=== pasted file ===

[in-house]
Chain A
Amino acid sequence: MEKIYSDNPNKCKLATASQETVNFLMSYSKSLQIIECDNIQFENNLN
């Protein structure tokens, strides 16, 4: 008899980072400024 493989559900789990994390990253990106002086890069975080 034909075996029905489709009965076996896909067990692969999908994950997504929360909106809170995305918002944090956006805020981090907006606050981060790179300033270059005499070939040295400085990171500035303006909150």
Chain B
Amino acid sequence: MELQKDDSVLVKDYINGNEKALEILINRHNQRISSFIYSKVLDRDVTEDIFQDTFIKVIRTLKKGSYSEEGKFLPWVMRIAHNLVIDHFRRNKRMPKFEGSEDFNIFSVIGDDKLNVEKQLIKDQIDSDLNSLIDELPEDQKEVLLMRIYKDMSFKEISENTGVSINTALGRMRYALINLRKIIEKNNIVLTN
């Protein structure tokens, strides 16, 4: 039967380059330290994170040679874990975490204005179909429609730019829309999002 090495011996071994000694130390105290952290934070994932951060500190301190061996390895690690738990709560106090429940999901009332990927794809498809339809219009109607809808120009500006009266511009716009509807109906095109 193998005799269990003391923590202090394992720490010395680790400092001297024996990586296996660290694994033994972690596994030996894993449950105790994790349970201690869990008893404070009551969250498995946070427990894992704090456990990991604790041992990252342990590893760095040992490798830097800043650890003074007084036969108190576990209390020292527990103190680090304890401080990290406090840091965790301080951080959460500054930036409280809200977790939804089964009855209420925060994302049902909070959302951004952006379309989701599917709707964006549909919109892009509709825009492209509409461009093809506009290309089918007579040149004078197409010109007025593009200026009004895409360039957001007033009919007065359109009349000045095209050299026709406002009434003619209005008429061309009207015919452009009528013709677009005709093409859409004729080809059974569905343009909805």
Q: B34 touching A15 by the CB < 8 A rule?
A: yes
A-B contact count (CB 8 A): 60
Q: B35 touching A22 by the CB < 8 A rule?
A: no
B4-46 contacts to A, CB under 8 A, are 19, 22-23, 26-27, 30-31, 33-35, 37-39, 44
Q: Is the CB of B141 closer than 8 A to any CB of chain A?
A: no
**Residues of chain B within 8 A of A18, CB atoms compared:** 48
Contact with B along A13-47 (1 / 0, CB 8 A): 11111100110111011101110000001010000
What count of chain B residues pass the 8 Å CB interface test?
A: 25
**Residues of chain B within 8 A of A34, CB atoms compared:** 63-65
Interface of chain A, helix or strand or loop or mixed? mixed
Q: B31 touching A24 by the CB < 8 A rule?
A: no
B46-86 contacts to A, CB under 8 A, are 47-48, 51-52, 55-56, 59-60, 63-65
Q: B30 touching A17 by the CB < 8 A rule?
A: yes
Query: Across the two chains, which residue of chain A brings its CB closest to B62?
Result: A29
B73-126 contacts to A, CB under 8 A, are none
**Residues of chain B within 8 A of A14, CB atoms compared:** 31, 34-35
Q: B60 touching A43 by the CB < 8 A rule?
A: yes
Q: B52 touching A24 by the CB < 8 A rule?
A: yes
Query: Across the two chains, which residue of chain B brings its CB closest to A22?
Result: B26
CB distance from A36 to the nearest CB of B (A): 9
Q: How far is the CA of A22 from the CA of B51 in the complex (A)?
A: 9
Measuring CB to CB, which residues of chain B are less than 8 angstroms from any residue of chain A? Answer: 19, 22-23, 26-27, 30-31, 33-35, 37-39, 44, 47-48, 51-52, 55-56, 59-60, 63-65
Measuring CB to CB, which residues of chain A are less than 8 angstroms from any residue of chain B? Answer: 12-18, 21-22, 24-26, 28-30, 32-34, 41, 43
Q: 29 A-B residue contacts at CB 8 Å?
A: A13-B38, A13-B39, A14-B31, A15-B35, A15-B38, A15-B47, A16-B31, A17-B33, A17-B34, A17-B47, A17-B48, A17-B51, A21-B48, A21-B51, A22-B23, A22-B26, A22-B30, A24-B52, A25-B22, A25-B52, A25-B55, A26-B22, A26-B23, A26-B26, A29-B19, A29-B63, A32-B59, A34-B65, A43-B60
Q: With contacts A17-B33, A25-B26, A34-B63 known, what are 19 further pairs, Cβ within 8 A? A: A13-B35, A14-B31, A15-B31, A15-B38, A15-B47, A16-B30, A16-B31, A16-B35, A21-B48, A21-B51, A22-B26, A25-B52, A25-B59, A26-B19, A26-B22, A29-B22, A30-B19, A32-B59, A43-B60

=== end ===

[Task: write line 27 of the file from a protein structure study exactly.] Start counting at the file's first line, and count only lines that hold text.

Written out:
Query: Across the two chains, which residue of chain A brings its CB closest to B62?